Ms Melinda Richards, CEO Super Sprout spoke about trading with the Middle East from a food and beverage industry perspective, establishing Super Sprout in Dubai and expanding its export base there. Melinda talked about how small start-ups can become viable players in the UAE, which creates opportunities for young, bold businesses from overseas.

During the lunch break, Ms Reem Abboushi, Executive Director of the Palestinian Businesswomen’s Association (Asala) addressed delegates via video presentation. Ms Abboushi spoke about Asala’s work in supporting Palestinian women entrepreneurs through micro loans that enable them to become economically empowered and independent.

Lunch proceedings then continued with the launch of Camels, Sheikhs and Billionaires: Your Guide to Business Culture in the Middle East and North Africa by Cynthia Dearin, AABF Convenor and Managing Director of Dearin & Associates. His Excellency Eng Usamah Al Kurdi launched the book and emphasised the need for greater understanding between Australian and Arab cultures.

After lunch, the third session, “Where to take your business in the Middle East” began, moderated by Mr Matthew Hingerty, CEO and Managing Director of Barton Deakin Government Relations.

His Excellency Eng Usamah Al Kurdi opened the session with a presentation on Saudi Arabia as a destination for Australian businesses, noting the country’s many economic reforms which have made it a more accessible market for overseas players.

Ms Helen Zimmerman, Group General Manager – Government and Stakeholder Relations from Navitas discussed the Middle East as a destination for education companies, with reference to Navitas’ operations in Oman and the United Arab Emirates. She talked about the recent changes in the economic and education sectors.

Mr Tom McKeon, Chief Executive Officer of Hassad Australia then provided an agricultural perspective on the MENA region, discussing the complementarity of Australia’s agribusiness sector with Middle Eastern economies’ food security needs.

Professor Kathryn Refshauge, Dean of the Faculty of Health Sciences and Professor of Physiotherapy at the University of Sydney outlined how the university operates in the Middle East and why it is a huge priority for the Faculty of Health Sciences. She also discussed how the university’s journey to Saudi Arabia began.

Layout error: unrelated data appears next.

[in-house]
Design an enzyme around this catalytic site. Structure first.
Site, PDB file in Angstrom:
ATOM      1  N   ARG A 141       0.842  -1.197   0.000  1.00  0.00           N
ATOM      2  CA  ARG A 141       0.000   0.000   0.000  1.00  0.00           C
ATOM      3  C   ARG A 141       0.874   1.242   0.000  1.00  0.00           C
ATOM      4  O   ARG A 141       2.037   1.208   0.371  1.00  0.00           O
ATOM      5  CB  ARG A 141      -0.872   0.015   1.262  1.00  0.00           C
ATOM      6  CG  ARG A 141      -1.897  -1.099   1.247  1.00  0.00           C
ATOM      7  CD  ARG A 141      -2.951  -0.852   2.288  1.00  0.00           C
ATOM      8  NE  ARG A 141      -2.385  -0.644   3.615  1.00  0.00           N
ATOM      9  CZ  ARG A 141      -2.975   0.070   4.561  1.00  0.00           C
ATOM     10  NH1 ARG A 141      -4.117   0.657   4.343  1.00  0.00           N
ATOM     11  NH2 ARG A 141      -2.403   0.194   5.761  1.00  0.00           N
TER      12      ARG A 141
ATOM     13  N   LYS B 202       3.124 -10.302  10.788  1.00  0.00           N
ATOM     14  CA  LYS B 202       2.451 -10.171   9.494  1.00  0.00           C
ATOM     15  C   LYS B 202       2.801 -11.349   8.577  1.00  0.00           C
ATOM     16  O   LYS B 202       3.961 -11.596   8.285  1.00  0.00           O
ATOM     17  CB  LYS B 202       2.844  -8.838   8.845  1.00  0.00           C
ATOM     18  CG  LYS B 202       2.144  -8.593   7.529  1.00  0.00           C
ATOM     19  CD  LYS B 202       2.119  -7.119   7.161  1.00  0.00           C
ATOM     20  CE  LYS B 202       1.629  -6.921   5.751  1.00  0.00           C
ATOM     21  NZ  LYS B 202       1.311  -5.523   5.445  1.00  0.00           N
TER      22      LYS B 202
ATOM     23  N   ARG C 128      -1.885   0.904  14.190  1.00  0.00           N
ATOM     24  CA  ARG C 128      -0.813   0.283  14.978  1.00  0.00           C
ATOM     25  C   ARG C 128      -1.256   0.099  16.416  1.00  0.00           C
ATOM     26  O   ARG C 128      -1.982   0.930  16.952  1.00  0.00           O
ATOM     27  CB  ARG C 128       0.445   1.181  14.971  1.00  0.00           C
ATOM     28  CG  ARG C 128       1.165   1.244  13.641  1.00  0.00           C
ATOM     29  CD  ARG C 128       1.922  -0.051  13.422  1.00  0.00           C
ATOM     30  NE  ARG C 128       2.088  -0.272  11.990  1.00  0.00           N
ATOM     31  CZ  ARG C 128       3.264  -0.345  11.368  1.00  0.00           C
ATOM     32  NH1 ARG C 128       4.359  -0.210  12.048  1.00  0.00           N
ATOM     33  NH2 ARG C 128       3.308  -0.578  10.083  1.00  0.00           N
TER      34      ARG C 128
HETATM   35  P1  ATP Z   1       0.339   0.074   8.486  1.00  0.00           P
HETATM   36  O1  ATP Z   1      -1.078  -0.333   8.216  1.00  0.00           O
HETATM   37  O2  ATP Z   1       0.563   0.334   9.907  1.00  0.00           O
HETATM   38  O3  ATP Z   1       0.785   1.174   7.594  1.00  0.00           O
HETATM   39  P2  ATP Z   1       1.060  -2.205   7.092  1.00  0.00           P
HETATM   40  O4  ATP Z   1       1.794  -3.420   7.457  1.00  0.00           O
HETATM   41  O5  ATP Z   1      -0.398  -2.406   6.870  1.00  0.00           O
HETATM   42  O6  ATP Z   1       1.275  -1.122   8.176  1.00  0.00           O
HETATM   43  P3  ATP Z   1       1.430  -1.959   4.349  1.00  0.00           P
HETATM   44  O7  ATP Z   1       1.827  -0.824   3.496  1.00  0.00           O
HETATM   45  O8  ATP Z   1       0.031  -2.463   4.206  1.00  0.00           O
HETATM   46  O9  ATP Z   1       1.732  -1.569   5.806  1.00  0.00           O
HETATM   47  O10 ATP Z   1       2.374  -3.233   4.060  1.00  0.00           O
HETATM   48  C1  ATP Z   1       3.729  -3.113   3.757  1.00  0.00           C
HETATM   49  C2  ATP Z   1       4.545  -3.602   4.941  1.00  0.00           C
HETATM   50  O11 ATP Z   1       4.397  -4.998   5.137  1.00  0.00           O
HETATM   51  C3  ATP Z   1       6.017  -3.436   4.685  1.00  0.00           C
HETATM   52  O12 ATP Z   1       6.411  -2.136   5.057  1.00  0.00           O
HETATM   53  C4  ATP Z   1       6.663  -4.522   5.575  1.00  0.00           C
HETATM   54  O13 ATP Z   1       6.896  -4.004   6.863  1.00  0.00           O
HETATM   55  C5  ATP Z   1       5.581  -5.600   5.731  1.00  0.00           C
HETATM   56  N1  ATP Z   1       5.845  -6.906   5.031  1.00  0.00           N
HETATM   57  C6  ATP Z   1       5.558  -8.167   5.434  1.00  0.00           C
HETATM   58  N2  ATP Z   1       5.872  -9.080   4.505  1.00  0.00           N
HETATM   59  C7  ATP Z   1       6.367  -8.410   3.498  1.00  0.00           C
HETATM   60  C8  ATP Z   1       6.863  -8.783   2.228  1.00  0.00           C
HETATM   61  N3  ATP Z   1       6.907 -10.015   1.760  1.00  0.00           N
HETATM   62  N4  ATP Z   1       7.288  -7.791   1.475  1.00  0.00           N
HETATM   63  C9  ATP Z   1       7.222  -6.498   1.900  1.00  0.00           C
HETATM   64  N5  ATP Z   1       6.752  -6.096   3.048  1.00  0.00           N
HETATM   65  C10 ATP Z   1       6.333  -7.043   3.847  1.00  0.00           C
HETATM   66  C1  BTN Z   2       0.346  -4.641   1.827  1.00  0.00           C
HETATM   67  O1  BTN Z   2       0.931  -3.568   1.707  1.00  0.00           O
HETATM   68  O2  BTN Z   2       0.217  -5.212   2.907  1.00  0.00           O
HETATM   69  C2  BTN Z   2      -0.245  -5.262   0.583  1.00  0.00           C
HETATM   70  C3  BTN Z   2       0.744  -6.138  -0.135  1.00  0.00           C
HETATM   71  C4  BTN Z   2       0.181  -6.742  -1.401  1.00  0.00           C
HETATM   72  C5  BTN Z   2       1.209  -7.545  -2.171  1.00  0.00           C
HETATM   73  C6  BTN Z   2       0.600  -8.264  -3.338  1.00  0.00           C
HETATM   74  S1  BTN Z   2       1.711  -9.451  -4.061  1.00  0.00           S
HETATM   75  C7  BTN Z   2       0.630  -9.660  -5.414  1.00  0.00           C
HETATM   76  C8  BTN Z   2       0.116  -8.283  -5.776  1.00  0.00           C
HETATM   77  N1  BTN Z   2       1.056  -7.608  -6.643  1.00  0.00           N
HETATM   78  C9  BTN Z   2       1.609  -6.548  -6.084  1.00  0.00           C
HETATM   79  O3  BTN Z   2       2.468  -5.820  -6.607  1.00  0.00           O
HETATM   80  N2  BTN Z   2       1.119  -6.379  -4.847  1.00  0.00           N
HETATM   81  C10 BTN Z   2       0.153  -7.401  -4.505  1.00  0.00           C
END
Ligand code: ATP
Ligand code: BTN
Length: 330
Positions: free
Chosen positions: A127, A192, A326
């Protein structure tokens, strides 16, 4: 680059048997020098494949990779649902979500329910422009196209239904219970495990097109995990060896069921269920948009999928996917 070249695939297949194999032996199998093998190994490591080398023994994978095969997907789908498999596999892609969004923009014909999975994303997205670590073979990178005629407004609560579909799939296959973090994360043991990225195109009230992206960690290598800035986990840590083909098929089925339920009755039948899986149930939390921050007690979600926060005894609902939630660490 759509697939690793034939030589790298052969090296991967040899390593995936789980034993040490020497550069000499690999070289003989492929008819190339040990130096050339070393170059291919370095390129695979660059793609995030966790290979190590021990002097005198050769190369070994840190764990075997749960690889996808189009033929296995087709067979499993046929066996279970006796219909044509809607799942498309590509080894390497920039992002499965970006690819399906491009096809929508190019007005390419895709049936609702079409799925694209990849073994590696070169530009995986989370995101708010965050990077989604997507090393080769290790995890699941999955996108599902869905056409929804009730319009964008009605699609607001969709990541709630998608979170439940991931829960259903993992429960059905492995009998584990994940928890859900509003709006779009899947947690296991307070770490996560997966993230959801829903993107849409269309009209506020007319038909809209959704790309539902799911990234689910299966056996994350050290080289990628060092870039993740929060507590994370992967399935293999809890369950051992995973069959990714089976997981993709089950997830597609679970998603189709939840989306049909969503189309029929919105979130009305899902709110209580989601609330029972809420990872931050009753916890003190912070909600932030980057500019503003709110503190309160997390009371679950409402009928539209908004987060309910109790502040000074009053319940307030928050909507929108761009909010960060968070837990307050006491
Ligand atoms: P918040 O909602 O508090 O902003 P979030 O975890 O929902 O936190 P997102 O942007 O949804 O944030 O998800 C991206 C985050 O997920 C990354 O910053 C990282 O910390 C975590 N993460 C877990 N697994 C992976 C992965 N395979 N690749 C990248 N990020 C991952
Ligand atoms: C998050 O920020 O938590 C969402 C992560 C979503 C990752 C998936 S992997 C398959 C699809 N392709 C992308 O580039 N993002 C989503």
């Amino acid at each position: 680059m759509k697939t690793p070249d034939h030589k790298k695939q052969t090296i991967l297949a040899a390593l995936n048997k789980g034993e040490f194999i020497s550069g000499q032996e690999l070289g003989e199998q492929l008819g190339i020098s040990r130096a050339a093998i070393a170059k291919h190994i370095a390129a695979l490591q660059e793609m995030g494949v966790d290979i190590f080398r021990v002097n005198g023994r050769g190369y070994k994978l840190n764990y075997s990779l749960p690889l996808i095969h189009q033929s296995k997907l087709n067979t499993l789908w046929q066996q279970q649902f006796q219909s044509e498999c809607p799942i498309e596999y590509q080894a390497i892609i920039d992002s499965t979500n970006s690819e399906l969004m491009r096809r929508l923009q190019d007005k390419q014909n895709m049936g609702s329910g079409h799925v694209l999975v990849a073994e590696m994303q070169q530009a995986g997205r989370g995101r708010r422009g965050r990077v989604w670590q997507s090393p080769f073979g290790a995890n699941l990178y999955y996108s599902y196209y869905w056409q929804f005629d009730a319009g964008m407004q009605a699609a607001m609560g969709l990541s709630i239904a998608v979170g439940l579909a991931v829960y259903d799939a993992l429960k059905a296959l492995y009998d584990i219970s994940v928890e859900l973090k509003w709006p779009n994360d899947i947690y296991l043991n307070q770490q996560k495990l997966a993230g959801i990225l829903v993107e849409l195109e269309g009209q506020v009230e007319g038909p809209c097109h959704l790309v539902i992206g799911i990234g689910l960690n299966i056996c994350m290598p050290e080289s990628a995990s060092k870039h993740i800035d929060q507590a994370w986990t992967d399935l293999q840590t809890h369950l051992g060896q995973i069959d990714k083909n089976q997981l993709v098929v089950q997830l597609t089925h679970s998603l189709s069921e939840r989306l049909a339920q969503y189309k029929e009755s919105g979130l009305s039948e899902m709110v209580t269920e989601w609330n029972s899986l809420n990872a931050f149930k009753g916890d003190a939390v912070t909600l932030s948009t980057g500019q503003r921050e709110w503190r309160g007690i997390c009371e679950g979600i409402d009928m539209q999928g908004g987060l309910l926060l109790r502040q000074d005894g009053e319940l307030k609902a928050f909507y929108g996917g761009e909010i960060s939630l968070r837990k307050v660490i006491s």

During session three, a separate break-out session on opportunities in Iran’s dynamic education sector was delivered by Mr William Jenkins, Educational Developer at the Australian National University (ANU). Mr Jenkins pointed out that Iran already has established industries, and that opportunities exist for Australian companies with complementary products or services to update Iran’s capabilities, especially in the education sector.

Lastly, the afternoon session on “How to take your business to the Middle East” featured a panel of speakers with expert knowledge on the entry strategies that Australian business can take to expand to the Middle East region.

Ms Cynthia Dearin, ABF Convenor and Managing Director of Dearin & Associates outlined the need for companies to take a structured and well-researched approach to expanding in the Middle East.

Mr Michael Lee, Chief Executive Office of GMS Focus Pty Ltd explained his experience growing Zip Industries to the Middle East.

Mr Angus Raine, Chief Executive Officer of Australian real estate franchise Raine & Horne provided fresh insight into the process of setting up the United Arab Emirates, having just recently launched his company’s first subsidiary there during a trade mission to the region with the Hon Andrew Robb AO, MP.